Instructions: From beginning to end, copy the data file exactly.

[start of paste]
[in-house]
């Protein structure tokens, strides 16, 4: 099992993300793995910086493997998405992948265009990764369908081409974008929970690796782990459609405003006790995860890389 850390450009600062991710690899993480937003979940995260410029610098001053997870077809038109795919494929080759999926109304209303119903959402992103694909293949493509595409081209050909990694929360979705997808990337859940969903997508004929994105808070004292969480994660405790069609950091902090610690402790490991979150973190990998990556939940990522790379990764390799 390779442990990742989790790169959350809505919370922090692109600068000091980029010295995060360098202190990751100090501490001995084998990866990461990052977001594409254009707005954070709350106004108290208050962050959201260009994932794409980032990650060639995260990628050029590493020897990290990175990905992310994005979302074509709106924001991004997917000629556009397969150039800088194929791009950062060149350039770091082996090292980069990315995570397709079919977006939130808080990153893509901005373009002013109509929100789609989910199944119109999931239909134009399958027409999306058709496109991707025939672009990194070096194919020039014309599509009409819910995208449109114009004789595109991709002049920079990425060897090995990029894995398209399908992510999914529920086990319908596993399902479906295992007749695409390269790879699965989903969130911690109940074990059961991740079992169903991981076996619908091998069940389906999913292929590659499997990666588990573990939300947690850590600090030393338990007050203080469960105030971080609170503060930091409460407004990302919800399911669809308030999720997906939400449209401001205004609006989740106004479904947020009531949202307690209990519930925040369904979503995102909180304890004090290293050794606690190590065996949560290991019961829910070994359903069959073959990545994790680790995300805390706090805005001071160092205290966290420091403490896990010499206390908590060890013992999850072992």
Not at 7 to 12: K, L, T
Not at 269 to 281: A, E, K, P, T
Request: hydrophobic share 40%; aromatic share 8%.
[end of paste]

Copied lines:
[in-house]
């Protein structure tokens, strides 16, 4: 099992993300793995910086493997998405992948265009990764369908081409974008929970690796782990459609405003006790995860890389 850390450009600062991710690899993480937003979940995260410029610098001053997870077809038109795919494929080759999926109304209303119903959402992103694909293949493509595409081209050909990694929360979705997808990337859940969903997508004929994105808070004292969480994660405790069609950091902090610690402790490991979150973190990998990556939940990522790379990764390799 390779442990990742989790790169959350809505919370922090692109600068000091980029010295995060360098202190990751100090501490001995084998990866990461990052977001594409254009707005954070709350106004108290208050962050959201260009994932794409980032990650060639995260990628050029590493020897990290990175990905992310994005979302074509709106924001991004997917000629556009397969150039800088194929791009950062060149350039770091082996090292980069990315995570397709079919977006939130808080990153893509901005373009002013109509929100789609989910199944119109999931239909134009399958027409999306058709496109991707025939672009990194070096194919020039014309599509009409819910995208449109114009004789595109991709002049920079990425060897090995990029894995398209399908992510999914529920086990319908596993399902479906295992007749695409390269790879699965989903969130911690109940074990059961991740079992169903991981076996619908091998069940389906999913292929590659499997990666588990573990939300947690850590600090030393338990007050203080469960105030971080609170503060930091409460407004990302919800399911669809308030999720997906939400449209401001205004609006989740106004479904947020009531949202307690209990519930925040369904979503995102909180304890004090290293050794606690190590065996949560290991019961829910070994359903069959073959990545994790680790995300805390706090805005001071160092205290966290420091403490896990010499206390908590060890013992999850072992």
Not at 7 to 12: K, L, T
Not at 269 to 281: A, E, K, P, T
Request: hydrophobic share 40%; aromatic share 8%.